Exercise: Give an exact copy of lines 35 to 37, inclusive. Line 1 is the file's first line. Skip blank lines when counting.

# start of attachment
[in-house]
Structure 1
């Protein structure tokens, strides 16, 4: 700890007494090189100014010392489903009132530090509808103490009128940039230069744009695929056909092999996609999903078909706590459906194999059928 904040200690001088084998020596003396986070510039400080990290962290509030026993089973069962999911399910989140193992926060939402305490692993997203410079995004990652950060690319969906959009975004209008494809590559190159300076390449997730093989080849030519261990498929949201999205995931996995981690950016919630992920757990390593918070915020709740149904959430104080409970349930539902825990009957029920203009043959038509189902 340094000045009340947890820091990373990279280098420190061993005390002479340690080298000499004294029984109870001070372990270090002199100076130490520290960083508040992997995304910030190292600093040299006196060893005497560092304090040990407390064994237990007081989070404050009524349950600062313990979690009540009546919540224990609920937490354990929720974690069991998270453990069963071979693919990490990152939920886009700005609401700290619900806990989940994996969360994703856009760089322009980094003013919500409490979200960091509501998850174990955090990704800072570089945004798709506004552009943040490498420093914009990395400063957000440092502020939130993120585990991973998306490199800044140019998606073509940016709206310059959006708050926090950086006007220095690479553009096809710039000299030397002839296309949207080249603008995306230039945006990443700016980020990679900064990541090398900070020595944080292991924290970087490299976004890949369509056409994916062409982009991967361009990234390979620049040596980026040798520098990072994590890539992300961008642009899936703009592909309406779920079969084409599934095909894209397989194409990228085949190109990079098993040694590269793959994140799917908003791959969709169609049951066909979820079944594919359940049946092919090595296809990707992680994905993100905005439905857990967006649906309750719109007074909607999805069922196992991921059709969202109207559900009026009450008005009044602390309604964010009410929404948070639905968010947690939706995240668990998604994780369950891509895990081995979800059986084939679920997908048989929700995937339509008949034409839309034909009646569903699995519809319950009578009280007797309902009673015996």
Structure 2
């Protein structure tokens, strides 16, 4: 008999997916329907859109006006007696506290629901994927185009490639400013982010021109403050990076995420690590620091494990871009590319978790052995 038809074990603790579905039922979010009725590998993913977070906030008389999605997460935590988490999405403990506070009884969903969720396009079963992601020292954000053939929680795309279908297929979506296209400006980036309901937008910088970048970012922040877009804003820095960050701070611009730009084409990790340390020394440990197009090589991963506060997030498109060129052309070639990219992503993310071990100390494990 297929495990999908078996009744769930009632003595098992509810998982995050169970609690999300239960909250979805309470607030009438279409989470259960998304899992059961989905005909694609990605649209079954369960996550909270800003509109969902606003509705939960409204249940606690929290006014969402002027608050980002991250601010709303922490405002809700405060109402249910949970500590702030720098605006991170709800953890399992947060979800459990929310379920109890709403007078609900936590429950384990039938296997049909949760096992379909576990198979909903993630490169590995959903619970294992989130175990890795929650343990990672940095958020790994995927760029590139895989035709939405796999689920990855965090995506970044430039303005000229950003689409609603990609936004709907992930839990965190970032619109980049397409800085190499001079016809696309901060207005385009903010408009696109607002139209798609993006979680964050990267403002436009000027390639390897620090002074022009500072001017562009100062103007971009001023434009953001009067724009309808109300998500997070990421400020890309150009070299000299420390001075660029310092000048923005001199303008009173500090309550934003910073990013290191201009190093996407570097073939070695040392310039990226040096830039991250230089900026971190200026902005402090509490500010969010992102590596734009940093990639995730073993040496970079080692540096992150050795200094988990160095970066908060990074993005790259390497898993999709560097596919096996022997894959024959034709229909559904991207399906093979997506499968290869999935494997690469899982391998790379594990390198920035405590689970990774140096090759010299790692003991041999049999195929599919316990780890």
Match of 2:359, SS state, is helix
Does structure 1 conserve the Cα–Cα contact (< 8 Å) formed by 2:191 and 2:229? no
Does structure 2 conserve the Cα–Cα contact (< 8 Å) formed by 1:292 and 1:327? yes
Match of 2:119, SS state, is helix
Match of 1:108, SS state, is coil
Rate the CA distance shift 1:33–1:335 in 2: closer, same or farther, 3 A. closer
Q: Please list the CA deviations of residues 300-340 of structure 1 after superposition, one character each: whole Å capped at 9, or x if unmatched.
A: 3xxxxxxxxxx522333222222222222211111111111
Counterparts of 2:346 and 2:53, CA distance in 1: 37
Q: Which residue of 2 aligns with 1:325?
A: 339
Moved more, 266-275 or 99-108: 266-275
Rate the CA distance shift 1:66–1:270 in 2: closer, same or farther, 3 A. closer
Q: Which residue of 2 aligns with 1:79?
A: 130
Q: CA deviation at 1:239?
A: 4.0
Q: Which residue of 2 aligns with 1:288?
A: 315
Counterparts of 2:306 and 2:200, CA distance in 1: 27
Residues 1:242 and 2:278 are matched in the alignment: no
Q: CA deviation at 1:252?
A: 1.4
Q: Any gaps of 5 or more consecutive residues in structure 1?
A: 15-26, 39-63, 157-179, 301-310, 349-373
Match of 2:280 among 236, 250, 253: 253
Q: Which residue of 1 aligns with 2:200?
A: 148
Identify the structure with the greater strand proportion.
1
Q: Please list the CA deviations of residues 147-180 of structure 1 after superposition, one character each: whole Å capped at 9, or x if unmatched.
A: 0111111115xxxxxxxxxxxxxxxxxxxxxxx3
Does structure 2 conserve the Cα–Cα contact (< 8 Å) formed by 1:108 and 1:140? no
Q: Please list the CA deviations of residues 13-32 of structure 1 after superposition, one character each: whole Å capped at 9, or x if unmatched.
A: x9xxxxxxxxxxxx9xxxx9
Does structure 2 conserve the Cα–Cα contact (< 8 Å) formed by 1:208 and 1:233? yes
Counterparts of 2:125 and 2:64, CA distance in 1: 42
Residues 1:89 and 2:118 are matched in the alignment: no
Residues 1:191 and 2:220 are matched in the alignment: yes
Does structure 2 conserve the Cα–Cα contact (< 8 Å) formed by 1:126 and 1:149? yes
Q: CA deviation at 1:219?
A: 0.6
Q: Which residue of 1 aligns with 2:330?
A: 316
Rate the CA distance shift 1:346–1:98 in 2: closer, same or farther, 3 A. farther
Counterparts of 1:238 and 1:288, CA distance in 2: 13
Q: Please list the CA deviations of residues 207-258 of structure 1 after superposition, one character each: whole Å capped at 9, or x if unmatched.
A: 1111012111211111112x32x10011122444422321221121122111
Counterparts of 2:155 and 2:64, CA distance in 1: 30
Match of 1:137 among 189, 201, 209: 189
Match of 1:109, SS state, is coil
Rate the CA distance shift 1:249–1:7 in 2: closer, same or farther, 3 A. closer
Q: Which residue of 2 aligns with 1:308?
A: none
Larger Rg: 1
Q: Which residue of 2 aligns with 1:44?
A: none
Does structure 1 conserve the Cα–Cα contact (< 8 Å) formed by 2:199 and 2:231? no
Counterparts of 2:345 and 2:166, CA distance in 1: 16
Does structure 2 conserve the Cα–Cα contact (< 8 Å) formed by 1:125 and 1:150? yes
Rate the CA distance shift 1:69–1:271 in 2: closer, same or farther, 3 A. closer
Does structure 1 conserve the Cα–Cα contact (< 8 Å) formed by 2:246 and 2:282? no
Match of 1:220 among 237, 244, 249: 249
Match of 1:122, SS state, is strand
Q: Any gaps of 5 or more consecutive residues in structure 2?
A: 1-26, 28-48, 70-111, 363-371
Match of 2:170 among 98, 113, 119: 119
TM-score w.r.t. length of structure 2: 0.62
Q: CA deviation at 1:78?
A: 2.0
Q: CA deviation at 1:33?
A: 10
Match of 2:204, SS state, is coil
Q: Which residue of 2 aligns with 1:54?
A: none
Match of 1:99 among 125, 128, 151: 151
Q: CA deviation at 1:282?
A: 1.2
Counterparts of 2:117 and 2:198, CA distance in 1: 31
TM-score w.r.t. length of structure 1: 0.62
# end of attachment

1
Q: Please list the CA deviations of residues 147-180 of structure 1 after superposition, one character each: whole Å capped at 9, or x if unmatched.
A: 0111111115xxxxxxxxxxxxxxxxxxxxxxx3